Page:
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Wrangler’s 27406 Collection, Made at Home in Greensboro


Wrangler has always called Greensboro, North Carolina home. Opening their doors in 1947, the storied American brand recently just celebrated their 70th anniversary. And with this celebration, they’ve introduced their 27406 Collection, a line of denim products made by them right in Greensboro.

For years, their Service Support Center, located just a few miles up the road from their headquarters, has been churning out prototype samples and developing washes. Though it’s the first time they’re opening up their SSC to a full production line, don’t think that this is their first rodeo. In fact, most of the sewers there are Greensboro natives and have over 20 years of experience sewing head-to-toe garments for men, women, and children.

The collection places an emphasis not only on made-in-USA production, but hyper-localizes the focus to their own zip code — 27406 — paying homage to the city of Greensboro itself. While the cut-and-sew process happens in Greensboro, the collection also exclusively uses denim from the legendary Cone Mills White Oak plant, which also calls Greensboro home. With a product that’s made this close to home, it’s hard not to have a strong sense of pride sewn into each piece. Wrangler’s Vice President/General Manager of Modern Lifestyle, Jenni Broyles, adds,

“There’s a sense of hometown pride and a true connection since everyone that touches this product or plays a part in its creation is an employee of Wrangler, also living locally, right here in ‘Jeansboro’, North Carolina. In addition, it’s exciting for customers to understand where their products are made. With this collection, you can truly see the localization given the designs are created, the fabric is loomed, and the product is sewn within 3 miles. It makes it real.”

In the limited collection, you’ll find archival pieces with updated fits. For instance, the denim jacket in the collection dates all the way back to 1964. If you’ve ever been thrift shopping, you likely have come across Wrangler’s distinctive denim jacket with its curved chest pocket flaps and slanted waist pockets. This one uses 13oz. American selvedge denim with orange selvedge details throughout and it’s one of just 88.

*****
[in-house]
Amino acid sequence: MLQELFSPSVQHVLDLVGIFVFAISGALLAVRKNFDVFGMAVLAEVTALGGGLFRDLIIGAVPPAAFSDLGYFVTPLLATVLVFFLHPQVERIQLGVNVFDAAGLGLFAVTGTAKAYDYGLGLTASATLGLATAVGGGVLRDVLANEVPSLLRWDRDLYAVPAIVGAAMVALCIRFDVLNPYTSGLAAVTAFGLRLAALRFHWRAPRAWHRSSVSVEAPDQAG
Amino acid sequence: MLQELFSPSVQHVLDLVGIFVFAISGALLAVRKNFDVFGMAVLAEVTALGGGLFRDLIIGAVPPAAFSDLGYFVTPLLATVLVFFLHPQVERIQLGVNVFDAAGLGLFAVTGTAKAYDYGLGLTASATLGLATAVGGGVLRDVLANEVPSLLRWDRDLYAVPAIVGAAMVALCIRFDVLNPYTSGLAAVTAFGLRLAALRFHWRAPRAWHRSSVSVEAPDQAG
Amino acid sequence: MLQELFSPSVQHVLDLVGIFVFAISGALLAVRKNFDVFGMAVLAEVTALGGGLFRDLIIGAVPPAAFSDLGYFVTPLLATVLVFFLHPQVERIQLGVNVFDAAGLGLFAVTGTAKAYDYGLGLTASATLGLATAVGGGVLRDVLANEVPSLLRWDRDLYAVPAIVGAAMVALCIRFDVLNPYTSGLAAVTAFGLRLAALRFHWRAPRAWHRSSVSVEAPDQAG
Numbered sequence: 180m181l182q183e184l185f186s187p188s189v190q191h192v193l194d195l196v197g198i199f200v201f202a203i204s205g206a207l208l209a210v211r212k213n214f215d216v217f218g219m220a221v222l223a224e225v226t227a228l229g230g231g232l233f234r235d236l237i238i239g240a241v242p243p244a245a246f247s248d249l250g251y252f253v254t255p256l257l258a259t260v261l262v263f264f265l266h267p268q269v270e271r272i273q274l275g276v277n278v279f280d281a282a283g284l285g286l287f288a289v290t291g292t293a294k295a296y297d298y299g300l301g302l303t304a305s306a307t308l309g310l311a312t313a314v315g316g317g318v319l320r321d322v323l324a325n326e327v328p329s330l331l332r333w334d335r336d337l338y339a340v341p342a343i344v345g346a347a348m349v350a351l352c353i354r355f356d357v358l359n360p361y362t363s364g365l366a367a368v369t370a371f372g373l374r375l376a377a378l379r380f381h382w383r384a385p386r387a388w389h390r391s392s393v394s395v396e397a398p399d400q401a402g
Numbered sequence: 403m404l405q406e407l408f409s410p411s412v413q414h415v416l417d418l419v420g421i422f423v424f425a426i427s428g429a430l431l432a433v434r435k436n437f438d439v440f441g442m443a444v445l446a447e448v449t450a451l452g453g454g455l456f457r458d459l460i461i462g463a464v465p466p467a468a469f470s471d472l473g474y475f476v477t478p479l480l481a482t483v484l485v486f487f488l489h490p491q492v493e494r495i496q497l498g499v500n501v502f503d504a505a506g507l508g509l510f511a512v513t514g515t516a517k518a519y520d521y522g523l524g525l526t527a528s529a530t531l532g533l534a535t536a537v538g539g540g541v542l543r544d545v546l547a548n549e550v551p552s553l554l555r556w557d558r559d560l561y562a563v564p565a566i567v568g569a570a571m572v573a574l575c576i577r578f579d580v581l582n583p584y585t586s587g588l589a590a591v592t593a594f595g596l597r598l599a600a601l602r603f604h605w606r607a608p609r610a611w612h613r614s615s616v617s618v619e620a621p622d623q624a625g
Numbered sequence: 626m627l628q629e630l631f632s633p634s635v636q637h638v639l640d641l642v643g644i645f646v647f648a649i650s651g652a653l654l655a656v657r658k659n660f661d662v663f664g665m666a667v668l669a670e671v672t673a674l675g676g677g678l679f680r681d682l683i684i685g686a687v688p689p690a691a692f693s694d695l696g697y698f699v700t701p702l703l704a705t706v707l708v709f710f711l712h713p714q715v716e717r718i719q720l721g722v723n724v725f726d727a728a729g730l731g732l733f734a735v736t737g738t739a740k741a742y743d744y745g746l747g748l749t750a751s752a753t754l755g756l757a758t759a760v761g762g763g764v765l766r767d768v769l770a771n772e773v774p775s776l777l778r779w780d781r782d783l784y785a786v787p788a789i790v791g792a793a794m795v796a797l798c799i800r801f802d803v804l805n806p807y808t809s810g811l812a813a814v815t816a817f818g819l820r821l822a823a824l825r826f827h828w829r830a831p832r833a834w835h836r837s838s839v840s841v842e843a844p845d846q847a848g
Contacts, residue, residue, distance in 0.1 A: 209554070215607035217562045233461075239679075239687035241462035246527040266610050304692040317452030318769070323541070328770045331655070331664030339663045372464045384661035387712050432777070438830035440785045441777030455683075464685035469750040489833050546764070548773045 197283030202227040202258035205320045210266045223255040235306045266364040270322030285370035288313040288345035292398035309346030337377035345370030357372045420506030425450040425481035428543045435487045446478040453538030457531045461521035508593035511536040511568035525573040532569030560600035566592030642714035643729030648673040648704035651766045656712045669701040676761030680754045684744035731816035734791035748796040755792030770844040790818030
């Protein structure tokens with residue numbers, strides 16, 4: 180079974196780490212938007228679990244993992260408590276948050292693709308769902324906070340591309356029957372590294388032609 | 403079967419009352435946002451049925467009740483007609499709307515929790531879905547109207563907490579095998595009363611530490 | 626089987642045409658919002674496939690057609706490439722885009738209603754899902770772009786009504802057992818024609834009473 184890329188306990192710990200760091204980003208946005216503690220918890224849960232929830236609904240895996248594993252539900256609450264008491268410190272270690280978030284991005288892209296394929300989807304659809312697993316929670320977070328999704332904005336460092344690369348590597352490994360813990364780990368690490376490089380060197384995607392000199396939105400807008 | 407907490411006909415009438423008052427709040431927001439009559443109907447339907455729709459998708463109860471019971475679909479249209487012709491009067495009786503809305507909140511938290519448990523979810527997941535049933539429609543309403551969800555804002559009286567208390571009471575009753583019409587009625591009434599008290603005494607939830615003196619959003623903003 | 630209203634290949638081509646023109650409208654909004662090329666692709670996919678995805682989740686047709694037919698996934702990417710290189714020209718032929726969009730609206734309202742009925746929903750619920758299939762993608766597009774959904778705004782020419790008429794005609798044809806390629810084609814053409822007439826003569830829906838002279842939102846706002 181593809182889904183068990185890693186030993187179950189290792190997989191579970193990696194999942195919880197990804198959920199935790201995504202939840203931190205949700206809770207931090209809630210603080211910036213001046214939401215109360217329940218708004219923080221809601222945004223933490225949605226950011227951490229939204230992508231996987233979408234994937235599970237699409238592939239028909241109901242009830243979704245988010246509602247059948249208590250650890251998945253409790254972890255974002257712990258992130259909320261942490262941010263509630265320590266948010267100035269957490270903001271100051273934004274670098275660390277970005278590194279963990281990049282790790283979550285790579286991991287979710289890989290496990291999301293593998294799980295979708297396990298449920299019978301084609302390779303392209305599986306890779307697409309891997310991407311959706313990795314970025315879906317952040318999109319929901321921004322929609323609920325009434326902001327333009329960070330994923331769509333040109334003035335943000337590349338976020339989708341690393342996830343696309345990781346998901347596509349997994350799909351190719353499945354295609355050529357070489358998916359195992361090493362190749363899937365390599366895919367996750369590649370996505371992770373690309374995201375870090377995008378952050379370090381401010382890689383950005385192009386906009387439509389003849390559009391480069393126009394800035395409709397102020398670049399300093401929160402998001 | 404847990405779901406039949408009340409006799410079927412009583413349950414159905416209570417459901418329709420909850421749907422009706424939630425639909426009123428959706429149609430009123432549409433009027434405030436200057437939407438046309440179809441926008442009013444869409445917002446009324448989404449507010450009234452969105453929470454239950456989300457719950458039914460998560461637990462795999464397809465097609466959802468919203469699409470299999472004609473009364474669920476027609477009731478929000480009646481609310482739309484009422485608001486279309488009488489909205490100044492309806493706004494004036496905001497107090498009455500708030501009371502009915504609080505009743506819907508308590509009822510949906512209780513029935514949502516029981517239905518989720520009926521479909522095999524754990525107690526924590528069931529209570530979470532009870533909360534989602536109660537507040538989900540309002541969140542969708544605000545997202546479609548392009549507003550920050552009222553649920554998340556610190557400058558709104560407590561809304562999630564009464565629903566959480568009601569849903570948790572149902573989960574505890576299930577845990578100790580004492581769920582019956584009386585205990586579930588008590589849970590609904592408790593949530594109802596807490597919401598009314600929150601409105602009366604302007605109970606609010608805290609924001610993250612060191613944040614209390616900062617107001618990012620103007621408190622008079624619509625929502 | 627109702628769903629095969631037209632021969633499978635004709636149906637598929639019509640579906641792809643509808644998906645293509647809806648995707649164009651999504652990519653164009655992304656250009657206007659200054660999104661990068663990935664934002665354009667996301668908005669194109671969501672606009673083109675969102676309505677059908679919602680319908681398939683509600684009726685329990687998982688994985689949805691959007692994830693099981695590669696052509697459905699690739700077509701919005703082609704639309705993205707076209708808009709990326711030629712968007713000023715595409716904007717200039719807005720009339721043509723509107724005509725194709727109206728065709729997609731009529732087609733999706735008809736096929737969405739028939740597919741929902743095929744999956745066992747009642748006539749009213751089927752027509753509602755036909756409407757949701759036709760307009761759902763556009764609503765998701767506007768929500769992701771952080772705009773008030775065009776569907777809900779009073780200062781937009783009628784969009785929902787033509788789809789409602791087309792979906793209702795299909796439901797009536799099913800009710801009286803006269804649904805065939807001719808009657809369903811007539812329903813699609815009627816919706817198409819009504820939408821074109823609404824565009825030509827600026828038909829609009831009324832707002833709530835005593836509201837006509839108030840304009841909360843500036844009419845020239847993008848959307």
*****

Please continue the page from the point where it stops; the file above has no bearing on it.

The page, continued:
Speaking to the jeans, Broyles details, “The bottoms have been made using authentic western details and follow the 7 icons of Wrangler jeans – “W” stitched back pockets with leather Wrangler branded patch, flat rivets so you don’t scratch your saddle (or leather seats!), and 7 belt loops, just to name a few.” The run of jeans is also limited to just 149 pairs total, with each pair individually stamped, numbered, and signed by the sewer who completed it.

But you might notice something a bit unusual in the 27406 Collection, if you look closely enough. Wrangler’s been a longtime proponent of broken twill denim, but the entire collection uses a more ubiquitous and classic right hand twill (for further reading, turn to our guide on twills). Broyles explains,”We wanted to add the unique combination of not only sewing the garments in a small prototype facility, but using premium fabrics and selvedge that has been woven on the last remaining vintage shuttle looms still operating in the U.S.”


Which brings us to the elephant in the room. The closure of America’s longest-standing selvedge denim mill is a huge blow not only to denim, but to history. And, the timing of White Oak’s closure and the release of the 27406 Collection is just another unfortunate coincidence. From Broyles,

“Wrangler has a long-standing history with Cone Mills White Oak. We are neighbors and really embrace both the Greensboro community, and denim community together. They have always been great partners in allowing us to do tours of the plant and working on special developments, as needed. The closing of White Oak is a great loss not only locally, but nationwide. The US will have to become more resourceful in attaining premium fabrics, especially selvedge. Unfortunately, the closing will impact the origin of the fabric we use, but we will still take pride in using our own Service Support Center located in 27406 to produce handcrafted garments that still tell a great story.”

Though they might not have known it when first setting out to create the 27406 Collection, the story Wrangler would tell with the collection’s first run would be one of a historical denim mill at the end their own pages. While this makes the 27406 Collection even more limited, the closure of Cone Mills White Oak is sobering. It’s a step backward, yes. But, until American-made selvedge denim rises from the ashes, continuing the fight against the decline of American manufacturing will mean keeping the hands at home busy building.

Learn more about Wrangler’s 27406 collection, visit their website.

Images courtesy of Wrangler.

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